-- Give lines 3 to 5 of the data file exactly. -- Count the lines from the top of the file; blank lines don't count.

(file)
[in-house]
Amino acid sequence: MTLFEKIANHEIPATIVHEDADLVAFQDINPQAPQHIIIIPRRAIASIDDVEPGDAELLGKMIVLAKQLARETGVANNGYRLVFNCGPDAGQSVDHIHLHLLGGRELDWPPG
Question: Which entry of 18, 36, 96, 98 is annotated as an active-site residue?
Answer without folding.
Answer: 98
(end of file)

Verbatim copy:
Question: Which entry of 18, 36, 96, 98 is annotated as an active-site residue?
Answer without folding.
Answer: 98